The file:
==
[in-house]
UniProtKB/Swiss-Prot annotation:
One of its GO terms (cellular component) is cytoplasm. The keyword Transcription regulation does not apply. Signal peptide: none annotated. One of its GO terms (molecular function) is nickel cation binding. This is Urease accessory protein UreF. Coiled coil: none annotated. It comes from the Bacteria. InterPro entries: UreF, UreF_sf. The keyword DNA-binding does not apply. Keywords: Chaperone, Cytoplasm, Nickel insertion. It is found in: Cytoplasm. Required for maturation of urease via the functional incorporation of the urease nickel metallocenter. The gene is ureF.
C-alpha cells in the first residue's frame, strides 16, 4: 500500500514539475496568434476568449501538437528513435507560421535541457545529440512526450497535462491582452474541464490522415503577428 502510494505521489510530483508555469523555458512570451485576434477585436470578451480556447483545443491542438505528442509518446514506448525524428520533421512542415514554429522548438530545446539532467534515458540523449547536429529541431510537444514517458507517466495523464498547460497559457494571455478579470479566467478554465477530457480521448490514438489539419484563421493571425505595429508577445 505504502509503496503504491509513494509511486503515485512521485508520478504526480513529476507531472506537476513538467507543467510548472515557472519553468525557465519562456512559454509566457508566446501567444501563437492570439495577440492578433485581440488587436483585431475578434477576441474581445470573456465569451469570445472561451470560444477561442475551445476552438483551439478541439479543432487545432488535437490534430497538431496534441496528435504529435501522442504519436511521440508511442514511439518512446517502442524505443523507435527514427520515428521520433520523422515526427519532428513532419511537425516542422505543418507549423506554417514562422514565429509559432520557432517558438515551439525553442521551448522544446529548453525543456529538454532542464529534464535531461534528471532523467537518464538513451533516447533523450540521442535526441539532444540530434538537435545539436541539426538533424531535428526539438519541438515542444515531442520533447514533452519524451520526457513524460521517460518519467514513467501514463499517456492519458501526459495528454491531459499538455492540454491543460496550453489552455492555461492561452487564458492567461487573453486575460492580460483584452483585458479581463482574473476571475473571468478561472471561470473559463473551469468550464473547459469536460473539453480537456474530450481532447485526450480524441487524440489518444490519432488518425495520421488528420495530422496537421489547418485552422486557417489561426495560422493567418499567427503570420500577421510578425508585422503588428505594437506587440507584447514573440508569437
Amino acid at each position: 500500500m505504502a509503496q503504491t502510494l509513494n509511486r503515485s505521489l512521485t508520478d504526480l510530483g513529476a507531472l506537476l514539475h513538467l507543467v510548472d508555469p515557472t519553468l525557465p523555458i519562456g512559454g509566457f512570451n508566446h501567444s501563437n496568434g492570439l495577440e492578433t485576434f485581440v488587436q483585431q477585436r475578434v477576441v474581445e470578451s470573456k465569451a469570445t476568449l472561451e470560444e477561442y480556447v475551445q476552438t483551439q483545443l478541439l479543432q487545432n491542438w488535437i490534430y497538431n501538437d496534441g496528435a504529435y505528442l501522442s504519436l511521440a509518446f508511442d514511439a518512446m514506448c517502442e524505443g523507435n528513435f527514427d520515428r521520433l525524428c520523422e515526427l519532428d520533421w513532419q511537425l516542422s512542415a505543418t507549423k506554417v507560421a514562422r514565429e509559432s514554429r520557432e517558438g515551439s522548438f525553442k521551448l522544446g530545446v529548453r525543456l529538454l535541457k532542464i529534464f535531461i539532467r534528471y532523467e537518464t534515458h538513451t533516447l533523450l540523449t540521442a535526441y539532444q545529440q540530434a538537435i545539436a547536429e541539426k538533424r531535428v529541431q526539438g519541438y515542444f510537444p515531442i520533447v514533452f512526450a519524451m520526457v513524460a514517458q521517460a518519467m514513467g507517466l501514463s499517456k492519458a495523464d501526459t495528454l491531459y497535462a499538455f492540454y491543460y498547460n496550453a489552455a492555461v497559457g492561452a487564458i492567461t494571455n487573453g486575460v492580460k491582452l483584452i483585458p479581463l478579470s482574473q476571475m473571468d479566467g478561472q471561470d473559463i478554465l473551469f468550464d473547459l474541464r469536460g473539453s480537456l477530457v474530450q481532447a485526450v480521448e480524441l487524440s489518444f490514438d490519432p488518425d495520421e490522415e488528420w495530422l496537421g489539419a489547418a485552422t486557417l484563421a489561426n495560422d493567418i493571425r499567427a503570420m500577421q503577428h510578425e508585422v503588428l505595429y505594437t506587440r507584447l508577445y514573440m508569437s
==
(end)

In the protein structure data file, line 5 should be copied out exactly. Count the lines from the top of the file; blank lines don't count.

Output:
Amino acid at each position: 500500500m505504502a509503496q503504491t502510494l509513494n509511486r503515485s505521489l512521485t508520478d504526480l510530483g513529476a507531472l506537476l514539475h513538467l507543467v510548472d508555469p515557472t519553468l525557465p523555458i519562456g512559454g509566457f512570451n508566446h501567444s501563437n496568434g492570439l495577440e492578433t485576434f485581440v488587436q483585431q477585436r475578434v477576441v474581445e470578451s470573456k465569451a469570445t476568449l472561451e470560444e477561442y480556447v475551445q476552438t483551439q483545443l478541439l479543432q487545432n491542438w488535437i490534430y497538431n501538437d496534441g496528435a504529435y505528442l501522442s504519436l511521440a509518446f508511442d514511439a518512446m514506448c517502442e524505443g523507435n528513435f527514427d520515428r521520433l525524428c520523422e515526427l519532428d520533421w513532419q511537425l516542422s512542415a505543418t507549423k506554417v507560421a514562422r514565429e509559432s514554429r520557432e517558438g515551439s522548438f525553442k521551448l522544446g530545446v529548453r525543456l529538454l535541457k532542464i529534464f535531461i539532467r534528471y532523467e537518464t534515458h538513451t533516447l533523450l540523449t540521442a535526441y539532444q545529440q540530434a538537435i545539436a547536429e541539426k538533424r531535428v529541431q526539438g519541438y515542444f510537444p515531442i520533447v514533452f512526450a519524451m520526457v513524460a514517458q521517460a518519467m514513467g507517466l501514463s499517456k492519458a495523464d501526459t495528454l491531459y497535462a499538455f492540454y491543460y498547460n496550453a489552455a492555461v497559457g492561452a487564458i492567461t494571455n487573453g486575460v492580460k491582452l483584452i483585458p479581463l478579470s482574473q476571475m473571468d479566467g478561472q471561470d473559463i478554465l473551469f468550464d473547459l474541464r469536460g473539453s480537456l477530457v474530450q481532447a485526450v480521448e480524441l487524440s489518444f490514438d490519432p488518425d495520421e490522415e488528420w495530422l496537421g489539419a489547418a485552422t486557417l484563421a489561426n495560422d493567418i493571425r499567427a503570420m500577421q503577428h510578425e508585422v503588428l505595429y505594437t506587440r507584447l508577445y514573440m508569437s